The U.S Reaches Highest Unadjusted Monthly Rate of Inflation Since March 1980

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A look at the highest unadjusted monthly rate of inflation

Today, the U.S. Bureau of Labor Statistics announced that in March the Consumer Price Index (CPI) rose 1.3%, not seasonally adjusted. This is the highest unadjusted monthly rate of inflation since March 1980. When annualized, it would equal 17.3%.  The seasonally-adjusted monthly increase is 1.2%. The 12-month CPI increase continues to climb, which now stands at 8.5%, not seasonally adjusted.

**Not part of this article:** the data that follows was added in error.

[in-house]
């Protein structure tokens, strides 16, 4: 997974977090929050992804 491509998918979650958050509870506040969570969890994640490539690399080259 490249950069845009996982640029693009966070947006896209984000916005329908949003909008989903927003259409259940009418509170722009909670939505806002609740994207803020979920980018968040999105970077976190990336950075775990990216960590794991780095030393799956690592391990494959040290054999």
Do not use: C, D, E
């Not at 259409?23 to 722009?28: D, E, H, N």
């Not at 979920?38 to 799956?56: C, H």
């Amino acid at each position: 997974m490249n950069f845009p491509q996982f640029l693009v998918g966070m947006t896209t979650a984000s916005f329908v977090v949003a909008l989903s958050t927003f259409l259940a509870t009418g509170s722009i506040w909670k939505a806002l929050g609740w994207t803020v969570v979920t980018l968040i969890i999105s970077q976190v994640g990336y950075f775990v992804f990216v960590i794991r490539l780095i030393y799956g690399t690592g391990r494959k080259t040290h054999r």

The Georgia Center for Opportunity’s (GCO) take: “Unsurprising for anyone who paid attention to prices last month, energy prices rose 32% over the last 12 months and food prices rose 8.8%. This is bad for everyone but worse for low-income and impoverished Americans, ” said Erik Randolph, GCO’s director of research. “The U.S. inflation rate reflects not only energy and food price increases, but it is also spreading to more and more industries as businesses are forced to raise prices.”“Also concerning are disturbing signs pointing to a possible economic slowdown, giving credence to those who have been predicting stagflation will return. This crisis may have been initiated by the pandemic, but it was exacerbated when state governments shut down their economies and the federal government pumped unprecedented levels of money into the system to sustain aggregate demand. We’re paying for that now. The only way out of this mess is to refocus on supply-side policies at both the federal and state levels to encourage investments, risk taking, and production. It also requires fiscal restraint in the halls of Congress to reign in deficit spending.”


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